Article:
If Caps fans hear those words and think they sound familiar, it’s because that’s what the Caps used to say routinely as they were frustrated by defensive-minded teams and ousted from playoff series after playoff series in year’s past.

It was five years ago this month that forever changed this franchise. After winning a President’s Trophy, the Caps entered their first-round series with the Montreal Canadiens as prohibitive favorites. Not just in the series, but to win the whole dang thing.

But the Canadiens dumbed down the hockey, packed their defensive end, and rope-a-doped the Caps into outshooting themselves and eventually won the series in seven games. It’s a very similar stance the current iteration of Capitals are carrying out against the Rangers, this season’s President’s Trophy winners.

It might not be entirely intentional. This Caps team would like to play with more pace and score a few more goals. But so far the recipe has them on the brink of advancing. We’ve seen this movie enough times to know that nothing is over until it’s over, but the Capitals can’t be in a better position to succeed after four games.

The frustration coming out of New York is palpable. The Rangers want to use their speed and skill to play an up-tempo game. They don’t believe the Caps can keep up with them in a track meet. That was the case here for many seasons, as well. But that seems like many, many moons ago.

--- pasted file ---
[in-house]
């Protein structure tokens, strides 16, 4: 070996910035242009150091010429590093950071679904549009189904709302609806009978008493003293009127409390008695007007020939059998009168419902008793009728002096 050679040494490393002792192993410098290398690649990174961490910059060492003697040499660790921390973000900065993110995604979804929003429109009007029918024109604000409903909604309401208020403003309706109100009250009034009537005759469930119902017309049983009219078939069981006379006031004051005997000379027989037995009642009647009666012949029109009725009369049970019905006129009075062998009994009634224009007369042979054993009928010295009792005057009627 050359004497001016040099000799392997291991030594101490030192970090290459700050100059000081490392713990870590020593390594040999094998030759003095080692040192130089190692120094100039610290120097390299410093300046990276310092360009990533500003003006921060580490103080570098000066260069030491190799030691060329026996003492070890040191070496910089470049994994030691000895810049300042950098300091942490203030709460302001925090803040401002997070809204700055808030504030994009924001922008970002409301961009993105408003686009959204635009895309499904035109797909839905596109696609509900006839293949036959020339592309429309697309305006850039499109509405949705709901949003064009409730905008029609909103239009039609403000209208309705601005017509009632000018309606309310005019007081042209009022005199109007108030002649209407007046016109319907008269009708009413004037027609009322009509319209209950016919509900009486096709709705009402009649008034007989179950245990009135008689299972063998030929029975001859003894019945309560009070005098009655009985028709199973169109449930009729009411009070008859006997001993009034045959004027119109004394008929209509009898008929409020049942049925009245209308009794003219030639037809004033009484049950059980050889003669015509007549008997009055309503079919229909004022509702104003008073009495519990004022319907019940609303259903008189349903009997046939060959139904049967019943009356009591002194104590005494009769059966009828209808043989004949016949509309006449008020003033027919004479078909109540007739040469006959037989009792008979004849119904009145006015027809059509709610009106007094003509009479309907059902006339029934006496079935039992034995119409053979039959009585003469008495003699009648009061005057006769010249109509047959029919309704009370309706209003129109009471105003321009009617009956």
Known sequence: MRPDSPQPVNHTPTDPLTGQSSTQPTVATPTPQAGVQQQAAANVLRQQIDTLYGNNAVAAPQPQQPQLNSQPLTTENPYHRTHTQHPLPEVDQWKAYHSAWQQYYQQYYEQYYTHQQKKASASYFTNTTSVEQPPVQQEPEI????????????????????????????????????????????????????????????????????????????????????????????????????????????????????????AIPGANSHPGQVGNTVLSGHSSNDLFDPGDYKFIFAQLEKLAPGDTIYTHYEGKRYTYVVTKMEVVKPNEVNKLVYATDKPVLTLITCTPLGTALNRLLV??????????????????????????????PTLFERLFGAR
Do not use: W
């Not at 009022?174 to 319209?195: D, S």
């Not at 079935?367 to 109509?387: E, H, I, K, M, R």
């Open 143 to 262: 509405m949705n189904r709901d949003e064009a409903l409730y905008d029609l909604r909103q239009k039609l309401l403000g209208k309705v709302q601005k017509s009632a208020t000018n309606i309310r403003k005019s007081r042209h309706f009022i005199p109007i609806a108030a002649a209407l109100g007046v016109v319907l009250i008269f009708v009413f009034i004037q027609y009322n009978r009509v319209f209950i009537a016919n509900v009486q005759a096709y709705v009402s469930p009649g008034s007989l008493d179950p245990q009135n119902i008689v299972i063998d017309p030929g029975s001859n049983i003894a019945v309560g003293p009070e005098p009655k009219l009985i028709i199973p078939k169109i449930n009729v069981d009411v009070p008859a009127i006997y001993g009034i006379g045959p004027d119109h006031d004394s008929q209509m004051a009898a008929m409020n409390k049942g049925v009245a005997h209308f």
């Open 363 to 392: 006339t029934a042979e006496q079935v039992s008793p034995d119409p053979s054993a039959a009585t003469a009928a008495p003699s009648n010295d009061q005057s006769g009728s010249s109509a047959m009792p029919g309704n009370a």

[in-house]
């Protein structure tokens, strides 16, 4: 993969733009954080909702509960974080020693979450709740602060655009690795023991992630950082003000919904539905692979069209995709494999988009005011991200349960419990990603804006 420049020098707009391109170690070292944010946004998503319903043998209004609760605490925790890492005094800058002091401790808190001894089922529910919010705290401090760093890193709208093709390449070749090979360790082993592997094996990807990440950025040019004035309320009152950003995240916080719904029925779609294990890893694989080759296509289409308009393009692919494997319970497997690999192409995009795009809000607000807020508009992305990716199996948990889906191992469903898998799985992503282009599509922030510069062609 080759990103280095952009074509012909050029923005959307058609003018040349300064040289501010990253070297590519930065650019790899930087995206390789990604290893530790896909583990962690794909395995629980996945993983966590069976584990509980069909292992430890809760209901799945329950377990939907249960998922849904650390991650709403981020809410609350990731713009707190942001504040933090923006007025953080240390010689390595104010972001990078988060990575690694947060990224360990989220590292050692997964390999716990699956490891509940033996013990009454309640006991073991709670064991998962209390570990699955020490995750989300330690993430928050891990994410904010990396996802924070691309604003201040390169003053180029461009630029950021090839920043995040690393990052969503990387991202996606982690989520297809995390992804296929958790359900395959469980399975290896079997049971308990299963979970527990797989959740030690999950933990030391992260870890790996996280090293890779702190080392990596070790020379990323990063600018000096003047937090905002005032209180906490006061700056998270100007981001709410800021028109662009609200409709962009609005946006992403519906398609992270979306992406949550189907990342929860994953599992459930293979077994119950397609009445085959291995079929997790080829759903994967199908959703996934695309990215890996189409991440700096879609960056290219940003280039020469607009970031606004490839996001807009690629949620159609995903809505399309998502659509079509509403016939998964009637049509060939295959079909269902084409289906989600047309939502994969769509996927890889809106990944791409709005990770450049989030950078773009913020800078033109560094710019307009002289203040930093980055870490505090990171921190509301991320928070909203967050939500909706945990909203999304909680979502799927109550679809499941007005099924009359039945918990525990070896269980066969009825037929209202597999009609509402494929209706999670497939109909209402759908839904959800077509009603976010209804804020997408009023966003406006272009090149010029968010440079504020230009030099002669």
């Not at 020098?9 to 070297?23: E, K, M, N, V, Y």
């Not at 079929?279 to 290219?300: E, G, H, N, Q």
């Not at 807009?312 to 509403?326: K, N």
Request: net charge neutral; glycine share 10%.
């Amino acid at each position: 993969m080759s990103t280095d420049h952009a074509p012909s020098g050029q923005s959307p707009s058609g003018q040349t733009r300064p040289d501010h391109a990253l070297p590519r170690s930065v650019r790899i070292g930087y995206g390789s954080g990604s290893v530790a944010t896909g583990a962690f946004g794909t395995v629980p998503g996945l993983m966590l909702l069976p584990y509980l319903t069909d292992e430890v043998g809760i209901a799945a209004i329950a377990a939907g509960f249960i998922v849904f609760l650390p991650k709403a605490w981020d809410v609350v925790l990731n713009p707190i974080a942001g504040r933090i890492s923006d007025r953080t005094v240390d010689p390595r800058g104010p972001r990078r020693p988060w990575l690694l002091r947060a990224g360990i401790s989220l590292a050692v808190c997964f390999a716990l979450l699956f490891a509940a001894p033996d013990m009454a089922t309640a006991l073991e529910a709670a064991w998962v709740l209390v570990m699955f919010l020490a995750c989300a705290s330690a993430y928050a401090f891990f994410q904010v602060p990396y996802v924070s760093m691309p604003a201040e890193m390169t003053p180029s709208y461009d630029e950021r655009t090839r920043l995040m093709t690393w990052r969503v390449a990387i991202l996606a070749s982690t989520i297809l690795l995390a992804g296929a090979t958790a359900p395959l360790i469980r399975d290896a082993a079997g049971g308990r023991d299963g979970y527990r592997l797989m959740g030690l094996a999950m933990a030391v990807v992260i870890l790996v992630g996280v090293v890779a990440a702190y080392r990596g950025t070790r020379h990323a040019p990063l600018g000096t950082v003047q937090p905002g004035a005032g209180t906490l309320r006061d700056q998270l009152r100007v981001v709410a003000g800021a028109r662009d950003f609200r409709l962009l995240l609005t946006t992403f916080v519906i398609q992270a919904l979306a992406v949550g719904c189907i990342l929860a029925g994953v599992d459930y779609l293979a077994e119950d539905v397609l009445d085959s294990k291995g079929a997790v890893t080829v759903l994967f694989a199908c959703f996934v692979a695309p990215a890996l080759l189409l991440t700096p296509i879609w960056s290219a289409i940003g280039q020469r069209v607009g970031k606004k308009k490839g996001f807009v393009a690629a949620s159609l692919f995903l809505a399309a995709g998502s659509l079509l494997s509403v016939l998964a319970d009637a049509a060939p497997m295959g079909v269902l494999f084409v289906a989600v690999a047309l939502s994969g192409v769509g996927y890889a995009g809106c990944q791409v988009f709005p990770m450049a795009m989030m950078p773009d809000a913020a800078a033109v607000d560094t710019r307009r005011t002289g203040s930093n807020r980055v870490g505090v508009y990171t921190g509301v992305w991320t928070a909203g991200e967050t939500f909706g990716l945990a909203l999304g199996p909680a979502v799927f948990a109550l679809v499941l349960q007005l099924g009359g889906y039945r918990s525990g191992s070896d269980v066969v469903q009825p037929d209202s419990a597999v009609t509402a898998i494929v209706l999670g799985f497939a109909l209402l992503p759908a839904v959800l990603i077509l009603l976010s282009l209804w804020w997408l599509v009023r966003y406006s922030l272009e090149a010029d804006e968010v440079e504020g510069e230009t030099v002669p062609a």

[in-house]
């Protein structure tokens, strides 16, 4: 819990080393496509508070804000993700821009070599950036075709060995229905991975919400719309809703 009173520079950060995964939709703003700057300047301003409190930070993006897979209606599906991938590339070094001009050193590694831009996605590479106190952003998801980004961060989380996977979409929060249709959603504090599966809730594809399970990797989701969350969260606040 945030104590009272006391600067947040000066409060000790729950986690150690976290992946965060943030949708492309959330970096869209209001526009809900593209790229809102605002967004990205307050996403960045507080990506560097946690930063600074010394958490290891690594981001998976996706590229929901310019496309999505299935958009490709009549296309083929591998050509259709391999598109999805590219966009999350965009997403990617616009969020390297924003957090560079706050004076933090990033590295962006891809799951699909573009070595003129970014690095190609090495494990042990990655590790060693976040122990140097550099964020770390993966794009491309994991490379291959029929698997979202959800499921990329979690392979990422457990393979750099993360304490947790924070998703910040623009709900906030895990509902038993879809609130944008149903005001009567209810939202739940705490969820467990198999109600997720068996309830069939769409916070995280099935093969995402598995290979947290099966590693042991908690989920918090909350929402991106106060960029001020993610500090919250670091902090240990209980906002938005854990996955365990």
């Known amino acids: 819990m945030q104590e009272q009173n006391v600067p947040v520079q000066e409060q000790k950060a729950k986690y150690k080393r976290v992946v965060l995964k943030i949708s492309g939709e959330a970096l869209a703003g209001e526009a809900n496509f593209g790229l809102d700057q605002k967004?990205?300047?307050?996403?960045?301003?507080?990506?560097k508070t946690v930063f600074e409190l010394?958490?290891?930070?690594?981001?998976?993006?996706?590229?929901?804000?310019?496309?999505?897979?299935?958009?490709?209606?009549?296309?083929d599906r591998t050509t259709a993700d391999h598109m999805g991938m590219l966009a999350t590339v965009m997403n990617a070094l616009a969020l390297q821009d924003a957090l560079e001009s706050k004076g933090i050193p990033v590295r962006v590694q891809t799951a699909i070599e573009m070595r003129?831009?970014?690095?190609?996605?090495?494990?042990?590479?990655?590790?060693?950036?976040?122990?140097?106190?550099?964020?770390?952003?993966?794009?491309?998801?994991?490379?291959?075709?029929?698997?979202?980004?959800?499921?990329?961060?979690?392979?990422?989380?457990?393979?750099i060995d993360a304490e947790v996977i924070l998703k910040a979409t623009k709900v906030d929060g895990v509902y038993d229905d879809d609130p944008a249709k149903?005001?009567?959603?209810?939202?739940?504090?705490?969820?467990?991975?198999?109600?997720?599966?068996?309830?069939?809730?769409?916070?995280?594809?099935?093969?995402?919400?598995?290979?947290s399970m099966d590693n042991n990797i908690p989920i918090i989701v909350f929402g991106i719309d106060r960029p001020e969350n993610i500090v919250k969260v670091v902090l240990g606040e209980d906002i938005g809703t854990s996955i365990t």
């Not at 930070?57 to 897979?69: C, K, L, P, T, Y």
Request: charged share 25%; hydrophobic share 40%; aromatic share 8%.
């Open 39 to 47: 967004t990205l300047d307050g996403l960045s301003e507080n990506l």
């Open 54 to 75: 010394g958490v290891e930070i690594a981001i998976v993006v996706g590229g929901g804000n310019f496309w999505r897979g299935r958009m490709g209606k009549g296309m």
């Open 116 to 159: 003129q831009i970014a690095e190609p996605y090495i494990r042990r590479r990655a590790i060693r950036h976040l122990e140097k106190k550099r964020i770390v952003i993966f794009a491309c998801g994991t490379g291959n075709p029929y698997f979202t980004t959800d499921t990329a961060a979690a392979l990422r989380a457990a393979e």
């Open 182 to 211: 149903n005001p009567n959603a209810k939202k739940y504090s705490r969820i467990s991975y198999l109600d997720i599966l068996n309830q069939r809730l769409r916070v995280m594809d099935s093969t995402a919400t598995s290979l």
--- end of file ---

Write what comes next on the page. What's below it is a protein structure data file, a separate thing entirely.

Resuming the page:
Since that April disaster against Montreal, players have come and gone. Three different head coaches have lost their jobs. The general manager was fired. That was five years ago, if you can believe it.

Now, Barry Trotz has the Caps playing the defensive stance. The Caps are being lauded for their hard work, their intensity, their brand of “heavy” hockey. The Caps are dominating in the faceoff circles. The Caps are winning battles along the boards and in the slot — on both ends.

The Caps are playing “playoff hockey”, and Trotz has them one win away from the Eastern Conference Finals. Nothing is over until its over, but the Caps have to like where they are sitting and the effort they’ve exerted to get there.